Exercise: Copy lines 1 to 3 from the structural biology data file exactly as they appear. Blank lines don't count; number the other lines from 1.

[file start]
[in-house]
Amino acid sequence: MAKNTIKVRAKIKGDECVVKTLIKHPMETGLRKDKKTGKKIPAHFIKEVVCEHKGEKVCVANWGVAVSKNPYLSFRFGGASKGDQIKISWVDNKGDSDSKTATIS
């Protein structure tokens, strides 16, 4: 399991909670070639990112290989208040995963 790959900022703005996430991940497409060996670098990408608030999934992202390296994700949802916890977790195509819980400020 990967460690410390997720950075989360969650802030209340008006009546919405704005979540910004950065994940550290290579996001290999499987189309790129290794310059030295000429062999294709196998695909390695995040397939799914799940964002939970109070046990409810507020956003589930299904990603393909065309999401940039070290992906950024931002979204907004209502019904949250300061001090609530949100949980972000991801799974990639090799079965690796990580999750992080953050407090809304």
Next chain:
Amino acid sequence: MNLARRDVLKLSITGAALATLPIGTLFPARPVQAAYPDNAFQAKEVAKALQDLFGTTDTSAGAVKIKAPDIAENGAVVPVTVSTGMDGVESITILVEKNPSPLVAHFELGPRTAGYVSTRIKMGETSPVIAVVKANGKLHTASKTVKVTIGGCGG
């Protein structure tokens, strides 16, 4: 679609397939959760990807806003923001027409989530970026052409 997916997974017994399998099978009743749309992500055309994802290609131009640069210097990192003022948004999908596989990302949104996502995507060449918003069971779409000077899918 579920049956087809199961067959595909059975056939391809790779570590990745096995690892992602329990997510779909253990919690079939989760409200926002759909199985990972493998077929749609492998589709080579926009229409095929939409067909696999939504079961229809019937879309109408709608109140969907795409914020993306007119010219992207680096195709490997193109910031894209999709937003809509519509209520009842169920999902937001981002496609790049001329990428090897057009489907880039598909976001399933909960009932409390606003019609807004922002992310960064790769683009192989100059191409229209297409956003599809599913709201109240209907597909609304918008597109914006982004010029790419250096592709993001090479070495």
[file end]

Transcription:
[in-house]
Amino acid sequence: MAKNTIKVRAKIKGDECVVKTLIKHPMETGLRKDKKTGKKIPAHFIKEVVCEHKGEKVCVANWGVAVSKNPYLSFRFGGASKGDQIKISWVDNKGDSDSKTATIS
């Protein structure tokens, strides 16, 4: 399991909670070639990112290989208040995963 790959900022703005996430991940497409060996670098990408608030999934992202390296994700949802916890977790195509819980400020 990967460690410390997720950075989360969650802030209340008006009546919405704005979540910004950065994940550290290579996001290999499987189309790129290794310059030295000429062999294709196998695909390695995040397939799914799940964002939970109070046990409810507020956003589930299904990603393909065309999401940039070290992906950024931002979204907004209502019904949250300061001090609530949100949980972000991801799974990639090799079965690796990580999750992080953050407090809304």